STD = X
ROLL NO = 43
Money is a token or item which acts as a medium of exchange that has both legal
and social acceptance with regards to making payment for buying commodities or
receiving services, as well as repayment of loans.
Types of Money – Commodity money, Representative money, Fiat money,
Commercial Bank money.
Store of value
Medium of exchange
Standard of payments
Currency refers to physical objects generally accepted as a medium of exchange.
These are usually the coins and banknotes of a particular government, which
comprise the physical aspects of a nation's money supply.
Currency has value only by government order. The government declares the fiat to be
legal tender, making it unlawful to not accept the fiat currency as a means of
repayment for all debts, public and private.
The Reserve Bank of India defines the monetary aggregates as
Reserve Money (M0) : Currency in circulation + Bankers’ deposits with
RBI + other deposits with RBI = Net RBI Credit to the Govt. + RBI
Credit to the commercial sector + RBI’s claims on banks + RBI’s net foreign
assets + Govt.’s currency liabilities to the public – RBI’s net non-monetary
M1 : Currency with the public + Deposit money of the public (Demand
deposits with the banking system + Other deposits with the RBI)
M2 : M1 + Savings deposits with post office savings banks
M3 : M1 + Time deposits with the banking system = Net bank credit to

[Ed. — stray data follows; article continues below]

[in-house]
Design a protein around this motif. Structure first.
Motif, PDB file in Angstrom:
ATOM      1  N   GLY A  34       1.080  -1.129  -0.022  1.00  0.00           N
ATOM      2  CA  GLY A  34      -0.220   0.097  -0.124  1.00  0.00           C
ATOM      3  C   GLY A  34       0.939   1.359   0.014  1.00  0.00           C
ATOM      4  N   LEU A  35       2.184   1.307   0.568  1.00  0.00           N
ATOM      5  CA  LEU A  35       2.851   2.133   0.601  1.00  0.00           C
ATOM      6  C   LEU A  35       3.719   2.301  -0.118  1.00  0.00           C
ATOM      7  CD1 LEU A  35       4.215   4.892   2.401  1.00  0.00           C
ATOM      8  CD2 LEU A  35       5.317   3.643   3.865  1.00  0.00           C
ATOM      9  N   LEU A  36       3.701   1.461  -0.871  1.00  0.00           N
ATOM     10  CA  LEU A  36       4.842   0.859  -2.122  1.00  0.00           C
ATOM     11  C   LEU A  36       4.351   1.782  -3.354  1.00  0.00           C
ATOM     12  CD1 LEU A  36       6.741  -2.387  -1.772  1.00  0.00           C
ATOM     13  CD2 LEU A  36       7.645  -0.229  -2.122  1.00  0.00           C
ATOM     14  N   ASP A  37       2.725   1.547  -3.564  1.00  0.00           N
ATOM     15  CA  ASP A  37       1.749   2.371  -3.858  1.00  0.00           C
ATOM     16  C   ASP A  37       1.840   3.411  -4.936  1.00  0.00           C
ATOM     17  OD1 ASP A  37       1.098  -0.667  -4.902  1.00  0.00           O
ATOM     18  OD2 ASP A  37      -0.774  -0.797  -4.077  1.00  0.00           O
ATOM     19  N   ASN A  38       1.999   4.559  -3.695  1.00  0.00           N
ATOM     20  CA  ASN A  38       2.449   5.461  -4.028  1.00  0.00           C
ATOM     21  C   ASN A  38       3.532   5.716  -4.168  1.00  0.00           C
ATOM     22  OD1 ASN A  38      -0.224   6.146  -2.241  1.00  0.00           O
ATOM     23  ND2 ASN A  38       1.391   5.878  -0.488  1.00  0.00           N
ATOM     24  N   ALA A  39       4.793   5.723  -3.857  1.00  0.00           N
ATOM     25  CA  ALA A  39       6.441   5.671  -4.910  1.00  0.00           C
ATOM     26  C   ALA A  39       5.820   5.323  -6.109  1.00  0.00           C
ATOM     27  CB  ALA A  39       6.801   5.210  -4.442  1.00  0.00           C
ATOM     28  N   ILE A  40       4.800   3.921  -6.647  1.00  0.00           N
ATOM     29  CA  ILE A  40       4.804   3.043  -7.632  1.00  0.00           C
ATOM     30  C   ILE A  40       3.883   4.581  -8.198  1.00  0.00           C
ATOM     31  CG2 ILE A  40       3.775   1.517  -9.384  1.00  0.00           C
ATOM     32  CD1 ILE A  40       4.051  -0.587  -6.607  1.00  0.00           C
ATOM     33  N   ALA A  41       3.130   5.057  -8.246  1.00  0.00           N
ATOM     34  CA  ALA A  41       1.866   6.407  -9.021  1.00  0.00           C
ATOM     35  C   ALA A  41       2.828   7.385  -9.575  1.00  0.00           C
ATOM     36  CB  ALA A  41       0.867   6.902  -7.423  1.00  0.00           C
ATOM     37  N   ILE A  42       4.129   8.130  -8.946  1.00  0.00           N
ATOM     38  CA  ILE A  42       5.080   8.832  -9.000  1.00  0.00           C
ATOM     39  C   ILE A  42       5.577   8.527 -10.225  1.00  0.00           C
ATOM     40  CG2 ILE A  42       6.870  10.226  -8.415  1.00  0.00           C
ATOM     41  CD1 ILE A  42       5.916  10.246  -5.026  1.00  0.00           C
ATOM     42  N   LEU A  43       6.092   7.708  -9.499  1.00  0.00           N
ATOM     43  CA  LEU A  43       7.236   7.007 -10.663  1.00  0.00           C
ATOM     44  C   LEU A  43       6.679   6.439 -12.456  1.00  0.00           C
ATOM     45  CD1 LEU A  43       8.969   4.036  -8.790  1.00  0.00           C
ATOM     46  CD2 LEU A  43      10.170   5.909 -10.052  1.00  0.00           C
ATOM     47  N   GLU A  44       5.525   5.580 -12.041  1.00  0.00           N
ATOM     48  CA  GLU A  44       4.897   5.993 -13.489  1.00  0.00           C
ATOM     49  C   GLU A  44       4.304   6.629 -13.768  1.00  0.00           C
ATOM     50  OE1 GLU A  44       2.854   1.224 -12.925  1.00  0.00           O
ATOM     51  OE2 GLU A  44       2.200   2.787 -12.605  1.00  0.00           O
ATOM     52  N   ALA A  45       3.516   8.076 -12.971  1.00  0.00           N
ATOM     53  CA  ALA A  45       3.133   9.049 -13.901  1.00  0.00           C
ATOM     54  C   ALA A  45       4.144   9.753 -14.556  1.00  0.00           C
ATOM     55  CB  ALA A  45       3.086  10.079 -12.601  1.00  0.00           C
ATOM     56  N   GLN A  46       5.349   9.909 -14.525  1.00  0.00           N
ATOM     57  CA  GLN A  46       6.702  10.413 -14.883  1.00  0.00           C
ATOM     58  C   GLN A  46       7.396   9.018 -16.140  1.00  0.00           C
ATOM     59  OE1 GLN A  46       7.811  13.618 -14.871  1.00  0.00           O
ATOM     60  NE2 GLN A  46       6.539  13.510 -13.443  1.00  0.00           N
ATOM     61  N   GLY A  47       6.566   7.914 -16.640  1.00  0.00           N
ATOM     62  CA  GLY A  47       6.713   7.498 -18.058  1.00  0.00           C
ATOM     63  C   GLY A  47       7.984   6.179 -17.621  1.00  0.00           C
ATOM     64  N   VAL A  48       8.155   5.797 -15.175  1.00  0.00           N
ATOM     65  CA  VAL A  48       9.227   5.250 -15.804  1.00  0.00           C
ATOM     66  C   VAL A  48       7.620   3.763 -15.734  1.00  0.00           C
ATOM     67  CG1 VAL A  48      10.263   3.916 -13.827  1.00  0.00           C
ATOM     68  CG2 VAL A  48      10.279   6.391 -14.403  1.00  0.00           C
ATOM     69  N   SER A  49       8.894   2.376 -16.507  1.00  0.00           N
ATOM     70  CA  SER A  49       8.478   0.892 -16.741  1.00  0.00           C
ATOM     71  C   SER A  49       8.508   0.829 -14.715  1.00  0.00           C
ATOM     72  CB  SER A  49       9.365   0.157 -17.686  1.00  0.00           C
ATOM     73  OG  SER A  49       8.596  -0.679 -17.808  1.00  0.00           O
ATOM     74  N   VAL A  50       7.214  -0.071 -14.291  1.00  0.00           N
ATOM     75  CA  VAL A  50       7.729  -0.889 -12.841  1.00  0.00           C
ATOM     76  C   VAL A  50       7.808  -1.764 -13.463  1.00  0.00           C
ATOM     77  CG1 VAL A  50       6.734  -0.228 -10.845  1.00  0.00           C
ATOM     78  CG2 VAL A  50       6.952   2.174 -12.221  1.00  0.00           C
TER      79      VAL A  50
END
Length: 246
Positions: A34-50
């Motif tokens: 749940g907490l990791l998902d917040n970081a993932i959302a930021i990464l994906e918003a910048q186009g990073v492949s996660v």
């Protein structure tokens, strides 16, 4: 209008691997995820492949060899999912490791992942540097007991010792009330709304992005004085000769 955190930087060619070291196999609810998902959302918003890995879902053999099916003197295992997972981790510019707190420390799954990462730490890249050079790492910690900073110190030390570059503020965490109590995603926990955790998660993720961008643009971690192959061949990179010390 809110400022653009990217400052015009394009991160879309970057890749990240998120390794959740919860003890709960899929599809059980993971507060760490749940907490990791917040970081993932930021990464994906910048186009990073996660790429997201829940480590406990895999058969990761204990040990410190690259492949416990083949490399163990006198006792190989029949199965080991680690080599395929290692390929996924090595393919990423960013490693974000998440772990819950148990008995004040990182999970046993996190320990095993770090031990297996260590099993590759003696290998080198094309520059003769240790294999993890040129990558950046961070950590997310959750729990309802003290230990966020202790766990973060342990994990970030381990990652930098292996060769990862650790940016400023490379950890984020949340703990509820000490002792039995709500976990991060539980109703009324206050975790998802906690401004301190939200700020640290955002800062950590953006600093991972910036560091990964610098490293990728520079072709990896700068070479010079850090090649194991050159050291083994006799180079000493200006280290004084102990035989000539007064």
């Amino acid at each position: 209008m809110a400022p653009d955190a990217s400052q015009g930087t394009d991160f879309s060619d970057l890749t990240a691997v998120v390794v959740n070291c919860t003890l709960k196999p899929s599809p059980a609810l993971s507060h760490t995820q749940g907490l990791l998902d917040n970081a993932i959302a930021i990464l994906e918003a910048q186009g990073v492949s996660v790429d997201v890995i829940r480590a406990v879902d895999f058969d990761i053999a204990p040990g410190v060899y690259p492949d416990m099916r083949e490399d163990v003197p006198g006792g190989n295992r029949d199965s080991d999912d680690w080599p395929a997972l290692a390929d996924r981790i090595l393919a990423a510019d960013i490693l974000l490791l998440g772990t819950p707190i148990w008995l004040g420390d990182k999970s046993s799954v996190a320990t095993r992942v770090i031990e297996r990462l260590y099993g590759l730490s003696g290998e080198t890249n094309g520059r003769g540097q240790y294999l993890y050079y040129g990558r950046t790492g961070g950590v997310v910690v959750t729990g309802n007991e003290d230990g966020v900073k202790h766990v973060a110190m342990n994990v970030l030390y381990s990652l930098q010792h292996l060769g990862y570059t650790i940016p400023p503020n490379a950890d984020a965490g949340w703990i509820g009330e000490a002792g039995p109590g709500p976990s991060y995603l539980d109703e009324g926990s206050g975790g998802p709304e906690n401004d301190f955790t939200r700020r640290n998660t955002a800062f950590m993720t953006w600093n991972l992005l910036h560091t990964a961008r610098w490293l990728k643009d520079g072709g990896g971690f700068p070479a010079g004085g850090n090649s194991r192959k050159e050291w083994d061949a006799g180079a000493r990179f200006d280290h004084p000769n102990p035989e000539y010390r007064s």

the Govt. + Bank credit to the commercial sector + Net foreign exchange
assets of the banking system + Govt.’s currency liabilities to the public - Net
non-monetary liabilities of the banking sector (Other than time deposits).
M4 : M3 + All deposits with savings bank post offices (excluding NSCs)
Chest Branches & RBI
Mint linked offices
In India, RBI in Conjunction with finance ministry decides how much money
should be printed.
Printing of Paper currency is the responsibility of RBI as per the Reserve Bank of
India Act, 1934.
The responsibility for Coinage vests with Government of India on the basis of the
Coinage Act, 1906
Factors Affecting Printing of Money
Usually RBI estimates the need for printing of money based on the below factors :
Statistical Analysis and other Demand forecast techniques
Two methods are followed :
I Method : Demand is estimated based on the below factors
-- Income or its proxy
-- Price levels
-- Opportunity Cost of holding cash
Here the problem is income levels are usually not available beyond quarterly
II Method : Univariate time series analysis
Future demands in currency levels are estimated using historical growth rates of
currency demand. Statistical and other forecasting techniques are used.
Though the method can be applied to any frequencies, the main problem with high
frequencies is the specification of intra-month variation in demand levels which
change from month to month and hence is difficult to estimate with precision
I -Payment Habits of the economy
Significant amount of wages and salaries in India is paid ( in cash ) at the beginning
of every month. Therefore, currency in circulation increases at the beginning of a
month. As the public buys goods and services with them, the currency first flows to
the corporate sector and from there to the banking sector.
II -Spending Habits of the public
Currency demand in India typically follows a V-shape pattern. The demand for
currency is high during April–June, bottoms out during July–September and picks